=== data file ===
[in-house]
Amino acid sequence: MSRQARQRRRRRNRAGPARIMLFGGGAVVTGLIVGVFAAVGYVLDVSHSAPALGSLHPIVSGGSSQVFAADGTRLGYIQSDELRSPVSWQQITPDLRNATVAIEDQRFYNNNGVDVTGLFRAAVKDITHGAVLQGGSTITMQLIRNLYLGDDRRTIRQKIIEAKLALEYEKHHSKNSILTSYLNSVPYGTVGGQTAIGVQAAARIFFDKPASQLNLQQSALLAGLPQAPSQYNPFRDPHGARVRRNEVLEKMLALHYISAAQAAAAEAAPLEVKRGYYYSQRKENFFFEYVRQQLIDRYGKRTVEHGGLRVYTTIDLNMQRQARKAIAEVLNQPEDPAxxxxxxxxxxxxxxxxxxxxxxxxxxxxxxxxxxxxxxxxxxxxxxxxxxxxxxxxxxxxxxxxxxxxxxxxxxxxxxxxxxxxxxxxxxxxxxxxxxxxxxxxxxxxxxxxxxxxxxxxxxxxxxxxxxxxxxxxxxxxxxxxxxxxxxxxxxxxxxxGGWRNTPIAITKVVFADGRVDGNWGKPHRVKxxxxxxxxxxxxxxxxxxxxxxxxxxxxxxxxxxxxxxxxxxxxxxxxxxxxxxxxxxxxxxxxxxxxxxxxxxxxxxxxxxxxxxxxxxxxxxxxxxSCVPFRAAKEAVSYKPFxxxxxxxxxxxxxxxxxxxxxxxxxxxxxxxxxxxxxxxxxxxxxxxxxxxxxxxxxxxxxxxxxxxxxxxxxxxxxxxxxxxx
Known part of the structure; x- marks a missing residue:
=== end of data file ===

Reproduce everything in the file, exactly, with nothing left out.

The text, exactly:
[in-house]
Amino acid sequence: MSRQARQRRRRRNRAGPARIMLFGGGAVVTGLIVGVFAAVGYVLDVSHSAPALGSLHPIVSGGSSQVFAADGTRLGYIQSDELRSPVSWQQITPDLRNATVAIEDQRFYNNNGVDVTGLFRAAVKDITHGAVLQGGSTITMQLIRNLYLGDDRRTIRQKIIEAKLALEYEKHHSKNSILTSYLNSVPYGTVGGQTAIGVQAAARIFFDKPASQLNLQQSALLAGLPQAPSQYNPFRDPHGARVRRNEVLEKMLALHYISAAQAAAAEAAPLEVKRGYYYSQRKENFFFEYVRQQLIDRYGKRTVEHGGLRVYTTIDLNMQRQARKAIAEVLNQPEDPAxxxxxxxxxxxxxxxxxxxxxxxxxxxxxxxxxxxxxxxxxxxxxxxxxxxxxxxxxxxxxxxxxxxxxxxxxxxxxxxxxxxxxxxxxxxxxxxxxxxxxxxxxxxxxxxxxxxxxxxxxxxxxxxxxxxxxxxxxxxxxxxxxxxxxxxxxxxxxxxGGWRNTPIAITKVVFADGRVDGNWGKPHRVKxxxxxxxxxxxxxxxxxxxxxxxxxxxxxxxxxxxxxxxxxxxxxxxxxxxxxxxxxxxxxxxxxxxxxxxxxxxxxxxxxxxxxxxxxxxxxxxxxxSCVPFRAAKEAVSYKPFxxxxxxxxxxxxxxxxxxxxxxxxxxxxxxxxxxxxxxxxxxxxxxxxxxxxxxxxxxxxxxxxxxxxxxxxxxxxxxxxxxxx
Known part of the structure; x- marks a missing residue: